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Horse and foal
The horse (Equus ferus caballus) is a hoofed (ungulate) mammal, a subspecies of one of seven extant species of the family Equidae. The horse has evolved over the past 45 to 55 million years from a small multi-toed creature into the large, single-toed animal of today. Humans began to domesticate horses around 4000 BC, and their domestication is believed to have been widespread by 3000 BC; by 2000 BC the use of domesticated horses had spread throughout the Eurasian continent. Although most horses today are domesticated, there are still populations of wild and feral horses. There are over 300 breeds of horses in the world today, developed for many different uses.

The horses anatomy enables them to make use of speed to escape predators and they have a well-developed sense of balance and a strong fight-or-flight instinct. Related to this need to flee from predators in the wild is an unusual trait: horses are able to sleep both standing up and lying down. Horses and humans interact in many ways, including a wide variety of sport competitions, non-competitive recreational pursuits and working activities. A wide variety of riding and driving techniques have been developed, using many different styles of equipment and methods of control. Many products are derived from horses, including meat, milk, hide, hair, bone, and pharmaceuticals extracted from the urine of pregnant mares.

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"Odin rides to Hel" (1908)
In Norse mythology, Sleipnir (Old Norse "slippy" or "the slipper" is an eight-legged horse. Sleipnir is attested in the Poetic Edda, compiled in the 13th century from earlier traditional sources, and the Prose Edda, written in the 13th century by Snorri Sturluson. In both sources, Sleipnir is Odin's steed, is the child of Loki and Svaðilfari, is described as the best of all horses, and is sometimes ridden to the location of Hel. The Prose Edda contains extended information regarding the circumstances of Sleipnir's birth, and details that he is gray in color.

Additionally, Sleipnir is mentioned in a riddle found in the 13th century legendary saga Hervarar saga ok Heiðreks, in the 13th century legendary saga Völsunga saga as the ancestor of the horse Grani, and book I of Gesta Danorum, written in the 12th century by Saxo Grammaticus, contains an episode considered by many scholars to involve Sleipnir. Sleipnir is generally accepted as depicted on two 8th century Gotlandic image stones; the Tjängvide image stone and the Ardre VIII image stone.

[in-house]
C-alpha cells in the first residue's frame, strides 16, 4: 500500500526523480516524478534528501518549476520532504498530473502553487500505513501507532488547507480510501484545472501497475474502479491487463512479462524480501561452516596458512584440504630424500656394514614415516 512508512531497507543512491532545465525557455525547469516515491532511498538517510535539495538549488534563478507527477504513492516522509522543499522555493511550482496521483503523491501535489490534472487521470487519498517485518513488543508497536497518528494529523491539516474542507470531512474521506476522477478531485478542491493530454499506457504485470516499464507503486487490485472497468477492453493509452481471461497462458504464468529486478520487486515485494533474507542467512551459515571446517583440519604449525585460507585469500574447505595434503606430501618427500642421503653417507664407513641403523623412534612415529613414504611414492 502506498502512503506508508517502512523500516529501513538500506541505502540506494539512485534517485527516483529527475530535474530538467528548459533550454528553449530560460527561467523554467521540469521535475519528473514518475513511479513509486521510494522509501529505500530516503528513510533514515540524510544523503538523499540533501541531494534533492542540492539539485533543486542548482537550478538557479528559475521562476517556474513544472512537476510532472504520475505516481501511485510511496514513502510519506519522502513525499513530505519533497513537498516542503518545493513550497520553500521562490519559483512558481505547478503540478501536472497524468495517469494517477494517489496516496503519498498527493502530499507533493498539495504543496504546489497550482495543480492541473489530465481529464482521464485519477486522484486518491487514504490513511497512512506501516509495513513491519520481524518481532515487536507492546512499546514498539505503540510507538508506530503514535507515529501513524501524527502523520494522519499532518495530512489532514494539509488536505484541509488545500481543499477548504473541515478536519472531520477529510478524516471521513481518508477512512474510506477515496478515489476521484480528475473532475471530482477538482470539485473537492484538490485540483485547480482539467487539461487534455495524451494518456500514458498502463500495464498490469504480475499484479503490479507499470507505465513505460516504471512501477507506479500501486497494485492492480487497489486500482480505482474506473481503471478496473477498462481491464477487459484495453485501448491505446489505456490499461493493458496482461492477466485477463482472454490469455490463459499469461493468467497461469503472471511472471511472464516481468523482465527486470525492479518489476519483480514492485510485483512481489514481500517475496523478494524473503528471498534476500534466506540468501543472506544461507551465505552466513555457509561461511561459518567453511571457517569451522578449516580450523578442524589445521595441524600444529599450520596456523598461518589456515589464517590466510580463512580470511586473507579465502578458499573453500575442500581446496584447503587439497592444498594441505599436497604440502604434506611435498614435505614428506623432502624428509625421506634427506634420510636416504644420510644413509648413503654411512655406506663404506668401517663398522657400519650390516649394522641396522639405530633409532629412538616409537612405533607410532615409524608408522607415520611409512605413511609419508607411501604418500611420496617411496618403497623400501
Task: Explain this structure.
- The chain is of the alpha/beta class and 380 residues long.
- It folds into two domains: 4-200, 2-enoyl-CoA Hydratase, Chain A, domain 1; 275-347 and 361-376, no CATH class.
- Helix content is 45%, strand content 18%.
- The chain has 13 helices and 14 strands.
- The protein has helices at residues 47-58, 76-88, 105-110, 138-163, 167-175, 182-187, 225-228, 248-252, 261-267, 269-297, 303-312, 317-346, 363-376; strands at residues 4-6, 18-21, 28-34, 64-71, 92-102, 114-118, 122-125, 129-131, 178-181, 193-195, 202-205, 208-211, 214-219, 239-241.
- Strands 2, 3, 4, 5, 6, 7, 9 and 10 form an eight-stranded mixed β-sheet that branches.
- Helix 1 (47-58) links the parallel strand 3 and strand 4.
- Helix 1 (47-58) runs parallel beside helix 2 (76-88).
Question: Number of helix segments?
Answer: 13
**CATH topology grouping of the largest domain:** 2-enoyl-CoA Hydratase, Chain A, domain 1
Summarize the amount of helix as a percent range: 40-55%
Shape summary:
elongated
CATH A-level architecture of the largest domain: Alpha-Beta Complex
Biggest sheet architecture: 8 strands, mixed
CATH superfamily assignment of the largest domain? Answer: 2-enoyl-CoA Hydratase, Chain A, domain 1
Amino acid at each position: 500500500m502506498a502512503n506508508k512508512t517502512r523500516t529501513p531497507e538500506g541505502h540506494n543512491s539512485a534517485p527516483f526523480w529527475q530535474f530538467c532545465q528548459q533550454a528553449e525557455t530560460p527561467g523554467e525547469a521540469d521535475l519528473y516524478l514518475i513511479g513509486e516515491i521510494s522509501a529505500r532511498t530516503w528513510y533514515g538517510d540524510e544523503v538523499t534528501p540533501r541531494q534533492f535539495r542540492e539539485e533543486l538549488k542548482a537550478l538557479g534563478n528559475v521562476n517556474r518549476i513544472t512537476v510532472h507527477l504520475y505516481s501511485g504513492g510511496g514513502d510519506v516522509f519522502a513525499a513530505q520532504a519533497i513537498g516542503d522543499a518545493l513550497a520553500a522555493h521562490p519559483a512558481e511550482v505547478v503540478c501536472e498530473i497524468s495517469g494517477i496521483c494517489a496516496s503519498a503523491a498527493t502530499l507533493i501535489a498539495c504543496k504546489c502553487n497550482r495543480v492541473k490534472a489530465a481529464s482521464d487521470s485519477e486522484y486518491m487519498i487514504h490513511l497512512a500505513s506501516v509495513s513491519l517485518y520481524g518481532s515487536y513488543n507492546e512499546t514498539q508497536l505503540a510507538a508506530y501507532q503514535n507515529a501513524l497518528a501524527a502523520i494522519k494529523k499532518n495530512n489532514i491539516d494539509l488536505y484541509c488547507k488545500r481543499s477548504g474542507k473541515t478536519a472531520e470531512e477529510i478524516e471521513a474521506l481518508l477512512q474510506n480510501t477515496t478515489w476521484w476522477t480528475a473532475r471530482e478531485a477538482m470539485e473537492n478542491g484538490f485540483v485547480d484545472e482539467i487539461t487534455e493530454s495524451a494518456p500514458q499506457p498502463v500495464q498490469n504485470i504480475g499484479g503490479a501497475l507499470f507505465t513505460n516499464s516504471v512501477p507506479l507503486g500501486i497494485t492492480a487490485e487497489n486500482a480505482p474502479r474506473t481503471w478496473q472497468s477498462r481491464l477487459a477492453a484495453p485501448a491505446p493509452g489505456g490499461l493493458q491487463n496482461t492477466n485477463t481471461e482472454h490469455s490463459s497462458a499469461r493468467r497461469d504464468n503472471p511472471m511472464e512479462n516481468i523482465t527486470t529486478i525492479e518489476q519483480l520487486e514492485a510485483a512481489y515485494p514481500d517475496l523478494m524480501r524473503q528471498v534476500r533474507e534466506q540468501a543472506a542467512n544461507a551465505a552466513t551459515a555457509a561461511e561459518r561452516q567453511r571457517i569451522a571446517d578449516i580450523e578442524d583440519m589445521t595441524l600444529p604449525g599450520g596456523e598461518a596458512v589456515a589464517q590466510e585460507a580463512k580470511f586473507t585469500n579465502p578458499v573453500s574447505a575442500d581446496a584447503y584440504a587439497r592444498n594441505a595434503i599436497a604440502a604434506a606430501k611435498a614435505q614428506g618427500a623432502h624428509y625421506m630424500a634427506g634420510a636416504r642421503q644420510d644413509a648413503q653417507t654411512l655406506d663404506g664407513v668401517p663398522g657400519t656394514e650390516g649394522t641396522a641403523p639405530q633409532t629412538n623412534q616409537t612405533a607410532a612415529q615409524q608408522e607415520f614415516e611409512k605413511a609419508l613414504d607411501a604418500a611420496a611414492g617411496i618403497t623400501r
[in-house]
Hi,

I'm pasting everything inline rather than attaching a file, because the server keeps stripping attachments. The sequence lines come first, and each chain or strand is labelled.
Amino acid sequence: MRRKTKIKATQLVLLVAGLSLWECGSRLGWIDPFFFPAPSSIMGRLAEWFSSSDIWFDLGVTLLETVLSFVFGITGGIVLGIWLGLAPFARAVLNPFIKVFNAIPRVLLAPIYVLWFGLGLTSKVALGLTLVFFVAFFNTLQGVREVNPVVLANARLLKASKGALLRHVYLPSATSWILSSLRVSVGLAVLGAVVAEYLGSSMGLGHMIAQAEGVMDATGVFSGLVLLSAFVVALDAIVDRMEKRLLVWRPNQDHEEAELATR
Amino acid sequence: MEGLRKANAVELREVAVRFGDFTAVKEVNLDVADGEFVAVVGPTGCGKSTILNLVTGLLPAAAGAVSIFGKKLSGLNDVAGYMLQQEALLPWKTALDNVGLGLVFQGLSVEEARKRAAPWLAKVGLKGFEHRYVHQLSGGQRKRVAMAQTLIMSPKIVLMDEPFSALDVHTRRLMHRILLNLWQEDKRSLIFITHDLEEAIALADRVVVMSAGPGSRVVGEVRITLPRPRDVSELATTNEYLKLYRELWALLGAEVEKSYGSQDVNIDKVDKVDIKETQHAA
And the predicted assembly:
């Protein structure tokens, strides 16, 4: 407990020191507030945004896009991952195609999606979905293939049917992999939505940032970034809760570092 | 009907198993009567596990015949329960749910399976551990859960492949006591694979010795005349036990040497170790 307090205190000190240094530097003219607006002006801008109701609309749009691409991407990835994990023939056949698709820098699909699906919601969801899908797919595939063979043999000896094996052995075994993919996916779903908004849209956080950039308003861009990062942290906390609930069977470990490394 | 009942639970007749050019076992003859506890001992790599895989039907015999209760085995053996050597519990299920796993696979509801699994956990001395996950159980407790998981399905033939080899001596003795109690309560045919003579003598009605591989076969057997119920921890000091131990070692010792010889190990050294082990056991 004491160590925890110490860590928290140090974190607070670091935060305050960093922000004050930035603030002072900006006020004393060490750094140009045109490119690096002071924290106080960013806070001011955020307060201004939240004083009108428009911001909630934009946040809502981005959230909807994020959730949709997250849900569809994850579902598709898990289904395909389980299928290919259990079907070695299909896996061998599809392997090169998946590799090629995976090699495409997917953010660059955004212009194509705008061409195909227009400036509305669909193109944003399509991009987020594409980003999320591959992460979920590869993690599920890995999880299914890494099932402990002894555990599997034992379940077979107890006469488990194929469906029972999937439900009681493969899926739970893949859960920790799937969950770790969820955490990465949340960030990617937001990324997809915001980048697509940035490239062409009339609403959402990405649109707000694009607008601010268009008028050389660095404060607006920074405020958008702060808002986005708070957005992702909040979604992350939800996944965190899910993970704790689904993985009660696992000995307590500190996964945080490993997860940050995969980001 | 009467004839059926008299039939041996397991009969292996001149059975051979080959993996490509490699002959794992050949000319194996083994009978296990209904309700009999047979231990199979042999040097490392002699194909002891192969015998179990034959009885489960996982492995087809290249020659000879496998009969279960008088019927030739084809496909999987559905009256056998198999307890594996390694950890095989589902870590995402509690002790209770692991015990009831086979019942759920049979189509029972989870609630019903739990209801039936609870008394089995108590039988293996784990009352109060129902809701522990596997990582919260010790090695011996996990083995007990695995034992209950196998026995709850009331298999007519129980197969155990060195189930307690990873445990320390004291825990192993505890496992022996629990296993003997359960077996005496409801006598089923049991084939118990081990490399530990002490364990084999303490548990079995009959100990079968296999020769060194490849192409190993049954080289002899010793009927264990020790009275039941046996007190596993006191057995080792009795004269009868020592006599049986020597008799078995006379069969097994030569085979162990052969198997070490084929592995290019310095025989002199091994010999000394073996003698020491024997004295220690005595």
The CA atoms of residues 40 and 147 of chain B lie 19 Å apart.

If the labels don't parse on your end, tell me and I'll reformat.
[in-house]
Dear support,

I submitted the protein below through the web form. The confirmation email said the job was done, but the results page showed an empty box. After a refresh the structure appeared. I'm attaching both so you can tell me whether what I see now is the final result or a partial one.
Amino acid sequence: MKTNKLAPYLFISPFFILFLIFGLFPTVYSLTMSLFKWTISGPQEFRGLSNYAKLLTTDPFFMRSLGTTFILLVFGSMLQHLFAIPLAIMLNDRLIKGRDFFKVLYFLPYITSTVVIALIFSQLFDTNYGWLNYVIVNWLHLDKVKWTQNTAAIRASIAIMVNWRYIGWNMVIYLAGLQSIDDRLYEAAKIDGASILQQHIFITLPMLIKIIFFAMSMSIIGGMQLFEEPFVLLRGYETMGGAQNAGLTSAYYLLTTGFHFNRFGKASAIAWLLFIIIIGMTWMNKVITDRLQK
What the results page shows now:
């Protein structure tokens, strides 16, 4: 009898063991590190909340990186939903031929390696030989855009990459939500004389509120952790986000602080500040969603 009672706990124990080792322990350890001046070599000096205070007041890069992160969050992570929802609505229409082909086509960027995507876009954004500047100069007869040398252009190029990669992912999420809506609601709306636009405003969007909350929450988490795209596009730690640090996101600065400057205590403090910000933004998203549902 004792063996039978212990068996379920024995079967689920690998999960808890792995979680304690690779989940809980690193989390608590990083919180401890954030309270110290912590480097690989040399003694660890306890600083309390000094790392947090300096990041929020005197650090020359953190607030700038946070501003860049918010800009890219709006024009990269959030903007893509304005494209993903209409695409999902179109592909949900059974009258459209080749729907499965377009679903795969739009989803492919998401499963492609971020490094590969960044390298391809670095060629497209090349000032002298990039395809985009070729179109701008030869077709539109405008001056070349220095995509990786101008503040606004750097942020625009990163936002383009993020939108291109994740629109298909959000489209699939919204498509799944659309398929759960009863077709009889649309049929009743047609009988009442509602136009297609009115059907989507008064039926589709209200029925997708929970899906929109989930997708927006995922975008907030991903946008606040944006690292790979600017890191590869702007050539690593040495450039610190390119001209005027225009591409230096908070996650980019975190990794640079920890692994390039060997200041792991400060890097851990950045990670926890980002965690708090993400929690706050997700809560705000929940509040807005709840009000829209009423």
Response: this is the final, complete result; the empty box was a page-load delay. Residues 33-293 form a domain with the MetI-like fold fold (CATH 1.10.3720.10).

Scholarly theories have been proposed regarding Sleipnir's potential connection to shamanic practices among the Norse pagans. In modern times, Sleipnir appears in Icelandic folklore as the creator of Ásbyrgi, in works of art, literature, in the names of ships, and as the name of a web browser.

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The Icelandic horse is a breed of horse developed in Iceland. The breed develops late, but is long-lived and hardy. The Icelandic displays five gaits, rather than the typical three displayed by most other breeds. Horses living in their native Iceland have few diseases, and laws prevent animals from being imported to Iceland or returning to the country after they are exported. They are still used for traditional farm work in Iceland, as well as for leisure, showing and racing.

The breed was developed from ponies brought to Iceland by Viking settlers in the 9th and 10th centuries. Horses were worshipped in Norse mythology, and these beliefs were brought to Iceland by the original settlers. The Icelandic breed is mentioned in both literature and historical records throughout Icelandic history, from the 9th century on, with the first historical reference to an individual horse appearing in the 12th century. Selective breeding and natural selection have developed the breed into its current form. The first Icelandic breed society was created in 1904, and today the breed is represented by organizations in 19 different nations.

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Three chiefs Piegan p.39 horizontal.png
Credit: Cardozo, Christopher (2000). Sacred Legacy , 192pp, Simon and Schuster.

A 1900 photograph of three Piegan (Blackfeet) Indian chiefs. When Iberian horses were obtained from the Spanish, the Plains tribes rapidly integrated them into their daily lives. By the early 18th century some tribes had fully adopted a horse culture.


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